2022 Translation Technology Summit to Take Place in Silicon Valley
After two years of virtual conferences, the Translation Technology Summit (XTM)—one of the world’s biggest localization technology events—resumes in-person events with XTM LIVE 2022. The conference will take place in Silicon Valley on April 27th and 28th; the venue is the renowned Grand Bay Hotel San Francisco. Some of the language industry’s most prominent and innovative leaders will attend to discuss and debate trends, issues, and challenges in global communication.
The keynote speech will be delivered by Richard Yonck, the famous futurist and consultant known for his books Future Minds and Heart of the Machine about artificial intelligence and its place in the world today and tomorrow. Speaking alongside Yonck is Joel Sahleen, the Director of International Engineering at Domo, which is a US-based business intelligence and analytics platform; Sahleen will speak about data-driven strategies and Domo’s experience with localization.
Other speakers include Yuka Kurihara from Scaled Agile with her presentation on how “coupling agility with scalability can help businesses adjust to demand without their money or reputation taking a hit.” There’s also Sergey Parievsky from Juniper Networks and Yasmin Vanja from Sony who will remark on their experience in the language technology industry. Other prominent speakers include Talia Baruch (GlobalSaké CEO Cofounder), Rocio Gray (Localization Manager at Crown Equipment Corporation), Rafał Jaworski (Linguistic AI Expert at XTM International), Andreas Merz (Translation and Terminology Specialist EMEA at Crown Gabelstapler GmbH & Co. KG), and others.
Tickets for full conference attendance are at 900 USD, but the Super Early Bird Special price is three-fourths the amount. The same special prices apply to single-day attendees, with the first day selling for 400 USD (300 USD with the discount) and tickets for the second day currently at 600 USD (450 USD with the discount).
Waverly Labs Announces New Services and Hardware at This Year’s CES
Waverly Labs, developer of instant-translation earpiece devices, has recently announced a whole line of new services and products. There is Subtitles: a “two-sided customer service counter display facilitating hygienic, safe in-person interactions. There is also Audience: a “translation solution allowing speakers and lecturers to communicate with auditorium attendees.” Finally, Waverly Labs announced an updated version of their hit product Ambassador Interpreter: the “over-the-ear device providing near-simultaneous audio and text translations.”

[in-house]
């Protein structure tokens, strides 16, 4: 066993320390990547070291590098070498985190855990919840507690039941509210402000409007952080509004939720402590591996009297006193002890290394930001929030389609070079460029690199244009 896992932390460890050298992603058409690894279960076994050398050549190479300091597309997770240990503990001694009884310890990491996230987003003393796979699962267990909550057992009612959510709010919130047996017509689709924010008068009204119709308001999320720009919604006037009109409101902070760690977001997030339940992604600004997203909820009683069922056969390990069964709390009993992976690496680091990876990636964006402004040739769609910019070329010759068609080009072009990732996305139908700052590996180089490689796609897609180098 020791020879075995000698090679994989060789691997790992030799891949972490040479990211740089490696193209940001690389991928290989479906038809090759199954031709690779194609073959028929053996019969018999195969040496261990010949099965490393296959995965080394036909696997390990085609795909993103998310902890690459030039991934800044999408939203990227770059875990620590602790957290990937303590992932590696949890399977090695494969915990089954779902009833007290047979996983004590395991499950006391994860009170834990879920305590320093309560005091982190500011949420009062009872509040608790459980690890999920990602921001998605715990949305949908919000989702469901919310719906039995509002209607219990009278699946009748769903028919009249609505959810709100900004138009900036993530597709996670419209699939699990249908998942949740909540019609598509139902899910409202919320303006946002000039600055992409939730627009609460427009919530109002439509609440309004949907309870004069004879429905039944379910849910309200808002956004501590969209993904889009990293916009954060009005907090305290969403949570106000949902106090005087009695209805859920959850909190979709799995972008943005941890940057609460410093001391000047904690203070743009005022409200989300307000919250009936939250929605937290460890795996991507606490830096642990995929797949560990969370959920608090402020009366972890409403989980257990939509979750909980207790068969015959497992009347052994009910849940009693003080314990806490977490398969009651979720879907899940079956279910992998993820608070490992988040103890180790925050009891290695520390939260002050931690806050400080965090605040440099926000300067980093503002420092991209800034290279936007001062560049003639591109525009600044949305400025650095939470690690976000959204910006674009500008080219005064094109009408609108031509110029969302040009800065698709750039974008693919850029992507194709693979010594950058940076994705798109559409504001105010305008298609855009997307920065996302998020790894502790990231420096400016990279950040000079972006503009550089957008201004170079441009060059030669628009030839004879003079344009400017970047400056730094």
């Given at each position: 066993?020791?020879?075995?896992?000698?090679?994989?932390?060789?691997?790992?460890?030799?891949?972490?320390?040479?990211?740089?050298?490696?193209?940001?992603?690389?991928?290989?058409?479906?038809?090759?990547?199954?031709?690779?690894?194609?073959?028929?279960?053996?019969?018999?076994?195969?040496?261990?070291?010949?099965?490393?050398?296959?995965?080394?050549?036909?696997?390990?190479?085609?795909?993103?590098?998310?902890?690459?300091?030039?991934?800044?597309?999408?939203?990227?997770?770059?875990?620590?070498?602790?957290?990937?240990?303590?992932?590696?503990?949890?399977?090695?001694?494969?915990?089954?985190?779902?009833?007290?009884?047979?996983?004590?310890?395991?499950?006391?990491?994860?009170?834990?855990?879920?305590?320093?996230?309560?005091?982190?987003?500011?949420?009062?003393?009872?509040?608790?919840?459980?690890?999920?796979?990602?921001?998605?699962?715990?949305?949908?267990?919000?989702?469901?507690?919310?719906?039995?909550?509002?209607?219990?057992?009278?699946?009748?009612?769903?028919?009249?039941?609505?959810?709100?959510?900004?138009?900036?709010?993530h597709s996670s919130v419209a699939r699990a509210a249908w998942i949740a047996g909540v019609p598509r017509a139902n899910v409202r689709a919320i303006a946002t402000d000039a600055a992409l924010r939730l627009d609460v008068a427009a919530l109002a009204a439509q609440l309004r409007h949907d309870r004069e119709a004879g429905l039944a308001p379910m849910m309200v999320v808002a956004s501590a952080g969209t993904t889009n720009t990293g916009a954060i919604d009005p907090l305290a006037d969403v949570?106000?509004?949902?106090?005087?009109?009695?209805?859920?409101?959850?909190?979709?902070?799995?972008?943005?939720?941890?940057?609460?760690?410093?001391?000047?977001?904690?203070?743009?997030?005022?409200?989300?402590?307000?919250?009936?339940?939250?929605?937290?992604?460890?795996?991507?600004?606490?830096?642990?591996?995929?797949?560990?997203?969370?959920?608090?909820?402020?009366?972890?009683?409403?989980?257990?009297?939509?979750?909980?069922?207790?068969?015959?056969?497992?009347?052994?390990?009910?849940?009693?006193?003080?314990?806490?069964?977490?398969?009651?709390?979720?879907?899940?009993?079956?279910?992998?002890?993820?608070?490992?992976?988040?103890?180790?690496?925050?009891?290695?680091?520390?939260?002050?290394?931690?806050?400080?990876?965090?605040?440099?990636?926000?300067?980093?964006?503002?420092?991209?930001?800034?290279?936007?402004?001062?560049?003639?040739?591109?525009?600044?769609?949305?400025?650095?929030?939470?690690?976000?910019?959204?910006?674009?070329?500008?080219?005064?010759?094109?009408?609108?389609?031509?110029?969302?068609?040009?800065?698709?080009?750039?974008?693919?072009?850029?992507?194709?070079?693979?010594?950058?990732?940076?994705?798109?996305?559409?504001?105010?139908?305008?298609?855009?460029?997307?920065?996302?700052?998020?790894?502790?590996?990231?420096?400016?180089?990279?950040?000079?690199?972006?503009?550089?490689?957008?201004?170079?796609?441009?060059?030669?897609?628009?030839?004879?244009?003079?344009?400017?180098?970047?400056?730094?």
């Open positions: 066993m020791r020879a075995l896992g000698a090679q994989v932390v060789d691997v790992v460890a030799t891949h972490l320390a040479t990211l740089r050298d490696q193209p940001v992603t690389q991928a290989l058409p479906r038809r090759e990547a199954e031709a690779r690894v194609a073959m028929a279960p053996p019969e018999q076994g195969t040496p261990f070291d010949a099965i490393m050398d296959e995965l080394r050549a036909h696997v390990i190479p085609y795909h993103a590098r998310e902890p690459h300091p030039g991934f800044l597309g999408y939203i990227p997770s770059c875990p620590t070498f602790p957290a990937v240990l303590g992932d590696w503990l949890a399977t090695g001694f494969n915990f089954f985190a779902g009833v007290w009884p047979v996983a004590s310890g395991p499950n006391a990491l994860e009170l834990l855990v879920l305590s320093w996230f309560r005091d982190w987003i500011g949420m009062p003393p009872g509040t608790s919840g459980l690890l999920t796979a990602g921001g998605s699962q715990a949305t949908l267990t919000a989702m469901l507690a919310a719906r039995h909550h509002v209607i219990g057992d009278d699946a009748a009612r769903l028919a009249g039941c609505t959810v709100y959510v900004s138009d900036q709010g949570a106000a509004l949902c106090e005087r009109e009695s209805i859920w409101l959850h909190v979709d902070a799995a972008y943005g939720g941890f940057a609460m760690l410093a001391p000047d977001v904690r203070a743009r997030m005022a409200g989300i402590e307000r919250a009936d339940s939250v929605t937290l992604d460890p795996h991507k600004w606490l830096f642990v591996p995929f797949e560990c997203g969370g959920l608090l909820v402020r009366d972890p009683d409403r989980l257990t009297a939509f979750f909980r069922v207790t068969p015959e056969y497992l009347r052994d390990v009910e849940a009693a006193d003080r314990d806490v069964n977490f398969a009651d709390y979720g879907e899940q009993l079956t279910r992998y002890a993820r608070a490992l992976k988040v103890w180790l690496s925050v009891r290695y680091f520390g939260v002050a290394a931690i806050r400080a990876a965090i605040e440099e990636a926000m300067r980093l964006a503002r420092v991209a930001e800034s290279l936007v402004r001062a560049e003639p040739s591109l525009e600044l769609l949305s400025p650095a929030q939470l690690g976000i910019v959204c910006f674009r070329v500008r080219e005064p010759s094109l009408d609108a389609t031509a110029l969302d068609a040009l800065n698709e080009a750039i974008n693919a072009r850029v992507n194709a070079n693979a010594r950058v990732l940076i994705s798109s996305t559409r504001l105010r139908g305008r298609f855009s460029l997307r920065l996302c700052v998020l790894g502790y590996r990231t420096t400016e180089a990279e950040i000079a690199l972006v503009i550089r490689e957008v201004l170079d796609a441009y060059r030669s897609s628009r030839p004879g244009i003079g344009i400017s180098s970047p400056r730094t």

Subtitles is a two-sided monitor embedded in a glass screen, providing simultaneous translation while maintaining COVID-19 protocols. After selecting a language on the touchscreen, users can talk naturally; meanwhile, the conversation is translated real-time and displayed as text on the other person’s screen in their chosen language. “The proprietary technology allows users to communicate like watching a subtitled movie and reading what the other person said,” says Waverly Labs. Subtitles is not only useful for translation, but also for transcription for customers with hearing impairments.
The device currently supports the following languages: English, Mandarin, Cantonese, Spanish, Arabic, Korean, French, German, Italian, Portuguese, Greek, Russian, Hindi, Turkish, Polish, Japanese, Hebrew, Thai, Vietnamese, Dutch. It also supports 15 Arabic dialects, 20 Spanish dialects, 9 English dialects, as well as the regional dialects of French, Portuguese, and Chinese. The device will be available in the second quarter of 2022.
Audience isn’t a device, but a translation solution particularly useful for “lectures, educators, and conference event organizers,” as it allows presenters to have their words translated to the audience in their respective languages. The process is simple: the speaker’s words are captured by the mic and then processed and translated in Waverly’s own cloud infrastructure. Audience members can then listen to a translated version of the speech—in their choice of languages—on their own phones or tablets. Audience is expected to be available in the second quarter of 2022 as well and supports the same languages and dialects as Subtitles.